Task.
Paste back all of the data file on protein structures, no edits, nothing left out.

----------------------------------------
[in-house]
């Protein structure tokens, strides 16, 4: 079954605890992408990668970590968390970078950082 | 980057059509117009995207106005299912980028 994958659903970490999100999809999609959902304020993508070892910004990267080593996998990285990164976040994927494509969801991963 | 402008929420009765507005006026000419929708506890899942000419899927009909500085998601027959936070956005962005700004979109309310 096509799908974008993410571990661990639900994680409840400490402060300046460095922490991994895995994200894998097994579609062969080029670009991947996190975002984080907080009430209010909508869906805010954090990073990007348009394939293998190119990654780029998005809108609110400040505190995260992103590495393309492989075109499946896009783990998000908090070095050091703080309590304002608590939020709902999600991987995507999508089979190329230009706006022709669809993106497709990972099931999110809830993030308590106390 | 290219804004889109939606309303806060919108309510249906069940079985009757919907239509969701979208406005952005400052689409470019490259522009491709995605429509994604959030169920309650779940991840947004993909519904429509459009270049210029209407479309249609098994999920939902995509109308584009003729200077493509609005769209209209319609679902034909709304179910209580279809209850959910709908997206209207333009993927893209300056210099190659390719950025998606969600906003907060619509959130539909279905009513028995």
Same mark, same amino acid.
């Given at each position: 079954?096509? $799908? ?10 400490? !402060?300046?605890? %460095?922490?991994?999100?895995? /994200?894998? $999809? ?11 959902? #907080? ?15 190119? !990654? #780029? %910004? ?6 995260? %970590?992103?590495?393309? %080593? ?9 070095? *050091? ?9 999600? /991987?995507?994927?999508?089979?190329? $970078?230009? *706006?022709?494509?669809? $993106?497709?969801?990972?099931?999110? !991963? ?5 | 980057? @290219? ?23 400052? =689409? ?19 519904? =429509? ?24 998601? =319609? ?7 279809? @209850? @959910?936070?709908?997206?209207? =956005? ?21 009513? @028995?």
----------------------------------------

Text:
[in-house]
């Protein structure tokens, strides 16, 4: 079954605890992408990668970590968390970078950082 | 980057059509117009995207106005299912980028 994958659903970490999100999809999609959902304020993508070892910004990267080593996998990285990164976040994927494509969801991963 | 402008929420009765507005006026000419929708506890899942000419899927009909500085998601027959936070956005962005700004979109309310 096509799908974008993410571990661990639900994680409840400490402060300046460095922490991994895995994200894998097994579609062969080029670009991947996190975002984080907080009430209010909508869906805010954090990073990007348009394939293998190119990654780029998005809108609110400040505190995260992103590495393309492989075109499946896009783990998000908090070095050091703080309590304002608590939020709902999600991987995507999508089979190329230009706006022709669809993106497709990972099931999110809830993030308590106390 | 290219804004889109939606309303806060919108309510249906069940079985009757919907239509969701979208406005952005400052689409470019490259522009491709995605429509994604959030169920309650779940991840947004993909519904429509459009270049210029209407479309249609098994999920939902995509109308584009003729200077493509609005769209209209319609679902034909709304179910209580279809209850959910709908997206209207333009993927893209300056210099190659390719950025998606969600906003907060619509959130539909279905009513028995």
Same mark, same amino acid.
């Given at each position: 079954?096509? $799908? ?10 400490? !402060?300046?605890? %460095?922490?991994?999100?895995? /994200?894998? $999809? ?11 959902? #907080? ?15 190119? !990654? #780029? %910004? ?6 995260? %970590?992103?590495?393309? %080593? ?9 070095? *050091? ?9 999600? /991987?995507?994927?999508?089979?190329? $970078?230009? *706006?022709?494509?669809? $993106?497709?969801?990972?099931?999110? !991963? ?5 | 980057? @290219? ?23 400052? =689409? ?19 519904? =429509? ?24 998601? =319609? ?7 279809? @209850? @959910?936070?709908?997206?209207? =956005? ?21 009513? @028995?």